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How to make people believe what you say

January 20, 2012

My brother has a habit of proclaiming dubious ‘facts’ in a very confident voice. Whenever I express my doubts about it, he responds with, ‘you’d be surprised!’.

While I remain cynical, others tend to believe him. He’s just that kind of guy.

I have found, in life and in work, that saying something confidently is often all you need for others believe you.

When I worked in a  pharmacy, customers would put a surprising amount of faith in my recommendations on anything from hair dye to painkillers. I was no older than 21, but hey, I wore a white dress and stood behind a counter. Must be an expert.

In my defence, I only made recommendations if I knew what I was talking about (I did a bunch of training on home hair colouring, thank you very much). Otherwise, I’d defer to the pharmacist.

What does this have to do with PR? Well, our clients and colleagues depend on us for advice. And they’re likely to believe what we say.

Sometimes they’ll believe it and still do the opposite, because it’s easier, cheaper, or head office says so. But a lot of time, they will make decisions based on our point of view.

Which is kind of cool, but kind of scary. How do we know we’re giving them the right advice?

In PR, there is rarely a ‘wrong’ or ‘right’ answer. There is, however, an opportunity to draw on our experience and our ethos.

My ethos is that transparency is better than obfuscation. While bearing in mind commercial imperatives, my advice will always tend towards being upfront and frank. It will favour plain language rather than corporate-speak. It will assume that people aren’t idiots, and if you try and hide something, they will realise.

When I was thrown into a massive crisis management job late last year, this ethos served me well. I had to advise the CEO on major decisions, and I had to do it on the fly.

Of course, I had a team to consult with, but I was on the ground and in the thick of it, so a lot of it rested with me. On balance, I think we gave the right advice.

A.T. Kearney has a quotation from the firm’s founder emblazoned on its reception wall. It talks about believing in the ‘essential rightness’ of their advice.  Whether you’re a management consultant or a PR consultant, it’s a great way to think about it.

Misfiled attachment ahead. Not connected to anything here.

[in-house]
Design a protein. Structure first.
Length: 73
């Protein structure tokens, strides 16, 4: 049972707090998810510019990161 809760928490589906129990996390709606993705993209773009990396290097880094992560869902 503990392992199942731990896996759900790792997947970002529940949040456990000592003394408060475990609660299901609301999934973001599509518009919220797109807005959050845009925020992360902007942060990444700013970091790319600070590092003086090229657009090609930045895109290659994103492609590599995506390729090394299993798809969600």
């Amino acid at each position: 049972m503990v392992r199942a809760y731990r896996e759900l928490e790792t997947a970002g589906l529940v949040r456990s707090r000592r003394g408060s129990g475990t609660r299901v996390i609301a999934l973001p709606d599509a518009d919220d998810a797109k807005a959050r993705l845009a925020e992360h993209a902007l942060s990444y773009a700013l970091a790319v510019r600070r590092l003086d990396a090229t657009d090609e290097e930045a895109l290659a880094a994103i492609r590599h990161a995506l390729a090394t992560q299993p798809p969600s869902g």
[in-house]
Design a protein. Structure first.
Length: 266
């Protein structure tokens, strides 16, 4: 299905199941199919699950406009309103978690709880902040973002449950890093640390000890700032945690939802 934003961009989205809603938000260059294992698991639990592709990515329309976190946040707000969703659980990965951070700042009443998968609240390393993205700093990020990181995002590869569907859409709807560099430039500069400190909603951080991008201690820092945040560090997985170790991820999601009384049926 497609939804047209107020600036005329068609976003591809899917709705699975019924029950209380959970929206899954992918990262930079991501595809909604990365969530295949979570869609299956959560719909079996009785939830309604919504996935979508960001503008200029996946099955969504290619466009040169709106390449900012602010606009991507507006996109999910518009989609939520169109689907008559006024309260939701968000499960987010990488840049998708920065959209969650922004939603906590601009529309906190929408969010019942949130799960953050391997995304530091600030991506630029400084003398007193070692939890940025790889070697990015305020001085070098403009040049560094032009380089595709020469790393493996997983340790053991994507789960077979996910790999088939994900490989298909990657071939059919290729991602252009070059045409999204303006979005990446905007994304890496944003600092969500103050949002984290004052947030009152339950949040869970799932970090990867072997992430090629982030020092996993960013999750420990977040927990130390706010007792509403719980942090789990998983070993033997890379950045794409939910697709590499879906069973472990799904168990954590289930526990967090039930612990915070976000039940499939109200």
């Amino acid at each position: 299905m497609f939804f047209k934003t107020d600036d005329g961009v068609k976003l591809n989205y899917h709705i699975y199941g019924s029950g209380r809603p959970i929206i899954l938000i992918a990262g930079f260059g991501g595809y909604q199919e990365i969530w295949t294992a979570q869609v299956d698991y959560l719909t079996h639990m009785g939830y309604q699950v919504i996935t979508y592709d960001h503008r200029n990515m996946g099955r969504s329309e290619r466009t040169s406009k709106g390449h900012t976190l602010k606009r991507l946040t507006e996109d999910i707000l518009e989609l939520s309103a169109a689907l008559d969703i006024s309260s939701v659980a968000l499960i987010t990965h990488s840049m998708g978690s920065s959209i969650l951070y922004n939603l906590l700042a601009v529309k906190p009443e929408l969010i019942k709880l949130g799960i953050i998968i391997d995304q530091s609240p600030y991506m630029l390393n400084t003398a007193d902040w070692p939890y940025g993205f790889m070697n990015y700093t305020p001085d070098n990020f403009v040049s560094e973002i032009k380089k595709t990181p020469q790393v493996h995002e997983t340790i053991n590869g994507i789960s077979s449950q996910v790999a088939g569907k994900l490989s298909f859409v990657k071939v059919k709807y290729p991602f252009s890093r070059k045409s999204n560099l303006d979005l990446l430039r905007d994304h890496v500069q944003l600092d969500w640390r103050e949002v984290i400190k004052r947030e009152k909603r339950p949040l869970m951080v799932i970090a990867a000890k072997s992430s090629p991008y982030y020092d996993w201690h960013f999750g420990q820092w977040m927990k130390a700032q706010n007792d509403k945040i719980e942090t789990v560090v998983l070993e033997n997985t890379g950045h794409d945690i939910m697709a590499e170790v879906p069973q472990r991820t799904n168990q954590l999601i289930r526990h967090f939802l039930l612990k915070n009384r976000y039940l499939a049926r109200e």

Perhaps you’ve never stopped to think about the principles that underpin your advice and inform your strategies. But it’s useful to give it some reflection, and think about why you believe in the essential rightness of what you do.

Seriously, you’d be surprised.  

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  1. Good post! But what have you done when the advice you are giving falls on deaf ears? I’d be interested in your perspective.

    • Or I should say, have you had the experience where your professional PR advice fell on deaf ears? How did you handle it?

  2. Thanks! So, I guess you mean, what do I do other than whinge about it to my colleagues? I try to manage their expecations of what will happen if they don’t follow my advice – which is a bit of a ‘cover your arse’ strategy.

    Sometimes I try and give them a low-cost, low-effort alternative, which is more palatable. Maybe not as effective, but better than nothing.

    And sometimes, you just have to wait it out for the shit to hit the fan. Happened to me this week – a client was insistent on giving a ‘no comment’ response, and then the story ran with inaccuracies. I think they’ll be less intractable next time.

  3. Jep permalink

    Hi Belinda. I believe Tim knows all facts about the simpsons, hence his confidence!

  4. You’re right, I have clients who actually think I am a strategy consultant. Something about being a one-eyed man in the land of the blind, I guess. I even started talking about “brand architecture” the other day.

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